Novel Organic Electrochemical Transistor Allows Study of Bone Stem Cell Differentiation in Real Time

Novel Organic Electrochemical Transistor Allows Study of Bone Stem Cell Differentiation in Real Time

Researchers have developed a new method of detecting chemicals that are secreted as stem cells differentiate into osteocytes, allowing scientists to study the complex bone stem cell differentiation process.

Mesenchymal stem cells go through a complex process before maturing into osteocytes. Mesenchymal stem cells transform into osteoblast progenitor cells, then pre-osteoblasts, and osteoblasts before maturing into osteocytes. A variety of different molecules are involved in the differentiation process such as osteopontin, collagen type I, osteonectin, osteocalcin, and Bone Morphogenic Protein 2 (BMP-2). The concentrations of these molecules could potentially be used to monitor the differentiation process as the concentration of the molecules changes throughout differentiation. Unfortunately, current methods of detecting these molecules are not sensitive enough to allow any one of those molecules to serve as a suitable biomarker for monitoring stem cell differentiation in real time.

An international team of researchers from the University of Cambridge, University of Bologna, and Mines Saint-Etienne have made a breakthrough and have developed a new technique that allows the differentiation process to be detected in real time using an organic electrochemical transistor (OECT) with a gate electrode that is sensitive to one of the molecules involved in the differentiation process – BMP-2.

The OECT is a device consisting of a three-terminal transistor with a source, drain, and gate, along with a connecting channel made of a PEDOT-PSS conducting polymer. On the gate, the researchers anchored antibodies that bind to BMP-2. When BMP-2 binds to the antibodies, the current running through the OECT changes and is detectable. The change in current indicates the level of BMP-2. The researchers say the OECT is sufficiently sensitive to be capable of detecting BMP-2 at the levels required to induce stem cell differentiation in vitro.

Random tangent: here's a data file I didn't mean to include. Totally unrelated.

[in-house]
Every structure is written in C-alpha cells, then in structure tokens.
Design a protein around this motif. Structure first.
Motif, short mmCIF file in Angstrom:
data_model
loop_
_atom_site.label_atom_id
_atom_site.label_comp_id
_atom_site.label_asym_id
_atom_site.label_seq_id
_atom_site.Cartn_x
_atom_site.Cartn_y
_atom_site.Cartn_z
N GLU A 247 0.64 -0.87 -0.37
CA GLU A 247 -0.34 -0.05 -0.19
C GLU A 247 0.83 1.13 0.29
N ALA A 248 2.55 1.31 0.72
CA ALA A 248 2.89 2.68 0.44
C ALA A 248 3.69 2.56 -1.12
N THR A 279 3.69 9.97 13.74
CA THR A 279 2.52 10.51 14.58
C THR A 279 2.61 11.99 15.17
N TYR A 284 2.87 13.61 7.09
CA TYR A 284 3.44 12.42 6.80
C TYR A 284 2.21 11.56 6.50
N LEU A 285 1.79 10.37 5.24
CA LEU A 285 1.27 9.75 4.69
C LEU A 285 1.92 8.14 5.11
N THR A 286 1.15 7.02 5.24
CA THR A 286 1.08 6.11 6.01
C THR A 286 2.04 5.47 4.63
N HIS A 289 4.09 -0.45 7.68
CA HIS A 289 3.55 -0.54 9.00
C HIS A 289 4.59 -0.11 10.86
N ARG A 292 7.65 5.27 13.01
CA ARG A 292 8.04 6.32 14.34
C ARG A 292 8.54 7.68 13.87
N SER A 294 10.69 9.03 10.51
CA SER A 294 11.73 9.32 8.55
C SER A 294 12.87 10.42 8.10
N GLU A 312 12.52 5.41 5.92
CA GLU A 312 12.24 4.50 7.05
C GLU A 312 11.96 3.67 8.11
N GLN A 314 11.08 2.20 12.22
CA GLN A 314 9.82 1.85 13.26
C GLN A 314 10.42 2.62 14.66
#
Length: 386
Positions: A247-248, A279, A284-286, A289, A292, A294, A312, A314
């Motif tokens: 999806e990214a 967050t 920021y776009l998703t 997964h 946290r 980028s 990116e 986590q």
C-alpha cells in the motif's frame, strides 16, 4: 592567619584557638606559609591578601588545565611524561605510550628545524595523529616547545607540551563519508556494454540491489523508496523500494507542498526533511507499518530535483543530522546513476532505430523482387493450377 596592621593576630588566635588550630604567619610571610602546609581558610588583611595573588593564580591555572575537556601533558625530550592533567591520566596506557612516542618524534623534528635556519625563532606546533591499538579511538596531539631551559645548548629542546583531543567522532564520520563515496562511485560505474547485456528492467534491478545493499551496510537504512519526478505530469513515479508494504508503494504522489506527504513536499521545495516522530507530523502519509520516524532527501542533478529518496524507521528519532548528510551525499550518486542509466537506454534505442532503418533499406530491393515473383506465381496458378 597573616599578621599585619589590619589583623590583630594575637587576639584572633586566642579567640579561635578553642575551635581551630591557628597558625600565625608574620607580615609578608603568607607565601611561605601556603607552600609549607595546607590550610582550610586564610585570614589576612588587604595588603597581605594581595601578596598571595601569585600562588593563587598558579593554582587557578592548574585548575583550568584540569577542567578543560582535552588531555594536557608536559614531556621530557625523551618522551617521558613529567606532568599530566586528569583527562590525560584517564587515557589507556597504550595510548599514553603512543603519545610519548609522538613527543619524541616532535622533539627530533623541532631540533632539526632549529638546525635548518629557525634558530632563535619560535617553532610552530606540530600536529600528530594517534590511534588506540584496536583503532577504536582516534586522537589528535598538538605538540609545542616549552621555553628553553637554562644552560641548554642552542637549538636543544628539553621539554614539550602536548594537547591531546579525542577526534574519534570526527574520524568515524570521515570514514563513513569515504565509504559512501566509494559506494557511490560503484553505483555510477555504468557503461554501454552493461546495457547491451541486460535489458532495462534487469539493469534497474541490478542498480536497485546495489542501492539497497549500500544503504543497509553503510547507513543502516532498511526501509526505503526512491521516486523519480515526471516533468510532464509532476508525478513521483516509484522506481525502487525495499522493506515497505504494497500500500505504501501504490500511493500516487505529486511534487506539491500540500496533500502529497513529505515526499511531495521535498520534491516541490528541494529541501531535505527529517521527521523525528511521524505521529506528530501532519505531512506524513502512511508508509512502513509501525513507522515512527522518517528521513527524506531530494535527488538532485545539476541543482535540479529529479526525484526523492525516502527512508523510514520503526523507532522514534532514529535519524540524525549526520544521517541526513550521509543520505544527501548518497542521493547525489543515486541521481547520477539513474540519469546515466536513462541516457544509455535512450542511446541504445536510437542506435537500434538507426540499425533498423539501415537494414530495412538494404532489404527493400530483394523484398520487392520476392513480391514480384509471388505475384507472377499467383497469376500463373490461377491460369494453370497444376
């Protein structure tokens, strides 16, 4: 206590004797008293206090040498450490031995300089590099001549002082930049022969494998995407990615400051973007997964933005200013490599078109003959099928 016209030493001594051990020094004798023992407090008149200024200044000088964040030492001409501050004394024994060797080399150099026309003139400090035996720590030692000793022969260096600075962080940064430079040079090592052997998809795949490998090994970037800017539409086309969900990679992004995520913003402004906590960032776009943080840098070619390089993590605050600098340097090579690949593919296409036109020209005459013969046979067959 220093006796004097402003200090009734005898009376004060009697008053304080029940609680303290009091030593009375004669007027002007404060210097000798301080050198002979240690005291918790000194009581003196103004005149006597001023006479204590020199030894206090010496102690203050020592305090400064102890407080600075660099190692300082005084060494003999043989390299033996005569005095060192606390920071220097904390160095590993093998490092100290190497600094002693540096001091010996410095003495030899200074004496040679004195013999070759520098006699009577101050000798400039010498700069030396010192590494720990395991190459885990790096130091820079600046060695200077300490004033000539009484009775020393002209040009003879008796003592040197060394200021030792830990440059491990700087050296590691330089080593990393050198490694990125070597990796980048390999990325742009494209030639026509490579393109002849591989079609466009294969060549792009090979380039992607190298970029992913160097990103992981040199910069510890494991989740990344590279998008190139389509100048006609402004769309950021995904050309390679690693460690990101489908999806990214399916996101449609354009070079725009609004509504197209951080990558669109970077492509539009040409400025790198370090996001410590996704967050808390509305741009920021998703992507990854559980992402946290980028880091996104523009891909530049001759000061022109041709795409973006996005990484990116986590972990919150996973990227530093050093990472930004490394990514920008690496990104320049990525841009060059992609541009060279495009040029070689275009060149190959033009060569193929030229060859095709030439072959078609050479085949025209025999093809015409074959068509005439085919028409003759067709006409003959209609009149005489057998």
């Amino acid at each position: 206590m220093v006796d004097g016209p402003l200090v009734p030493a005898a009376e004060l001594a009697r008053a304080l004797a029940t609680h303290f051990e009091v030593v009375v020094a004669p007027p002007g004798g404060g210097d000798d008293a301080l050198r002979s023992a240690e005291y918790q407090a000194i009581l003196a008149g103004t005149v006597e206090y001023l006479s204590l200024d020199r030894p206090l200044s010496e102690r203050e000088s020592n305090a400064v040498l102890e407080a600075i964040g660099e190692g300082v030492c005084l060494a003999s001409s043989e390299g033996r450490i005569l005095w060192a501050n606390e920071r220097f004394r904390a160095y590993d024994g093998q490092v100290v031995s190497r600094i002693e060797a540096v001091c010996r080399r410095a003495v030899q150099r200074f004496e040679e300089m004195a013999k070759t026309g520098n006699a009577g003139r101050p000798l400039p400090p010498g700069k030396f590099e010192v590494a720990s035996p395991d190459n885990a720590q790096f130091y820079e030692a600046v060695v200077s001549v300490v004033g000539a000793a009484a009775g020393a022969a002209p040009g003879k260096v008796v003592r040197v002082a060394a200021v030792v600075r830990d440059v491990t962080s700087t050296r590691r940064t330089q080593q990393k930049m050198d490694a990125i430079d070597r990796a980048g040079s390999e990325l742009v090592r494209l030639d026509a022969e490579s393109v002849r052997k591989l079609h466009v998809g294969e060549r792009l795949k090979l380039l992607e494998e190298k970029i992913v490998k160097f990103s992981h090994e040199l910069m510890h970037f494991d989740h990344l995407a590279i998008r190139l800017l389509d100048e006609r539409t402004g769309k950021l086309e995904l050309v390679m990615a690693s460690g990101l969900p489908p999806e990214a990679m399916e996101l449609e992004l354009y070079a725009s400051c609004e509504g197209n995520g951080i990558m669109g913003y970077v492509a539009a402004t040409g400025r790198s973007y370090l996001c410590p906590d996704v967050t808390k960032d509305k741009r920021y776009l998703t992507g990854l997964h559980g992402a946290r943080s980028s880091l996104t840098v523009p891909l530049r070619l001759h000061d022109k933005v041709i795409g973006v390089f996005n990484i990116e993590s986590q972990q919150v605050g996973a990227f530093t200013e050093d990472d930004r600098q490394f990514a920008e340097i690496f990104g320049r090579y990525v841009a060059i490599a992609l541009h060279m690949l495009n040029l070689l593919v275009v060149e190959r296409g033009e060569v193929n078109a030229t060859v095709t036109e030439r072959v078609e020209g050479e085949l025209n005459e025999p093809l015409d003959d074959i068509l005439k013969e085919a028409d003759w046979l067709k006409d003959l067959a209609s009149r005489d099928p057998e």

The researchers suggest that their OECT could potentially detect other important cytokines involved in the stem cell differentiation process or analytes such as osteopontin, osteonectin, or osteocalcin by making changes to the gate electrode and using different antibodies.

While the OECT should allow the stem cell differentiation process to be studied, the system could be adapted and used for studying the early stages of disease by adding antibodies that bind to a range of different biomarkers present in body fluids. It may also be possible to incorporate the OECT into novel smart bandages which could detect biomarkers of infections.

The researchers are currently engaged in a project with the European Space Agency to study the differentiation of bone stem cells in astronauts> Their system could help to detect and prevent bone and muscle fragility in long term space missions. The in vitro pre-screening models they are developing could also be of benefit for developing stem cell therapies for bone disorders such as brittle bone disease and osteoporosis.

The new technique is detailed in the paper – BMP-2 functionalized PEDOT:PSS-based OECTs for stem cell osteogenic differentiation monitoring – which was recently published in Flexible and Printed Electronics. DOI: 10.1088/2058-8585/ab5bfc

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